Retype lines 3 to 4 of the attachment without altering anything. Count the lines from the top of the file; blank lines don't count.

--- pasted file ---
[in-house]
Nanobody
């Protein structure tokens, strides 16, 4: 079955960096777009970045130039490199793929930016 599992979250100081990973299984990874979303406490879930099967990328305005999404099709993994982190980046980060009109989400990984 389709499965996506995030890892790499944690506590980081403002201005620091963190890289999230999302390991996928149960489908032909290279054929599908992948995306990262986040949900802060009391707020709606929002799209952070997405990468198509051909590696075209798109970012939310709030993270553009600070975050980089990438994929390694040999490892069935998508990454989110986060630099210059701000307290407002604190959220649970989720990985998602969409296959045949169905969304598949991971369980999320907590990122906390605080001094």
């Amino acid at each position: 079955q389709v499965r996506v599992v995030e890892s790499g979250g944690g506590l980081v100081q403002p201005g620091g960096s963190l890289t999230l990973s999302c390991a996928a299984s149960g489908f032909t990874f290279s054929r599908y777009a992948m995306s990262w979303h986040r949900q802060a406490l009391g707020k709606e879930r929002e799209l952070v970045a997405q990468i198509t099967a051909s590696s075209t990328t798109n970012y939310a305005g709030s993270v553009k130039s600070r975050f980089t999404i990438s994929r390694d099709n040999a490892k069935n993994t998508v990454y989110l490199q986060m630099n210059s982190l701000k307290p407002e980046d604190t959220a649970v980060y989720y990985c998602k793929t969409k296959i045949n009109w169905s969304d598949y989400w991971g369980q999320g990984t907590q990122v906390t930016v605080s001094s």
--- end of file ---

């Protein structure tokens, strides 16, 4: 079955960096777009970045130039490199793929930016 599992979250100081990973299984990874979303406490879930099967990328305005999404099709993994982190980046980060009109989400990984 389709499965996506995030890892790499944690506590980081403002201005620091963190890289999230999302390991996928149960489908032909290279054929599908992948995306990262986040949900802060009391707020709606929002799209952070997405990468198509051909590696075209798109970012939310709030993270553009600070975050980089990438994929390694040999490892069935998508990454989110986060630099210059701000307290407002604190959220649970989720990985998602969409296959045949169905969304598949991971369980999320907590990122906390605080001094």
């Amino acid at each position: 079955q389709v499965r996506v599992v995030e890892s790499g979250g944690g506590l980081v100081q403002p201005g620091g960096s963190l890289t999230l990973s999302c390991a996928a299984s149960g489908f032909t990874f290279s054929r599908y777009a992948m995306s990262w979303h986040r949900q802060a406490l009391g707020k709606e879930r929002e799209l952070v970045a997405q990468i198509t099967a051909s590696s075209t990328t798109n970012y939310a305005g709030s993270v553009k130039s600070r975050f980089t999404i990438s994929r390694d099709n040999a490892k069935n993994t998508v990454y989110l490199q986060m630099n210059s982190l701000k307290p407002e980046d604190t959220a649970v980060y989720y990985c998602k793929t969409k296959i045949n009109w169905s969304d598949y989400w991971g369980q999320g990984t907590q990122v906390t930016v605080s001094s």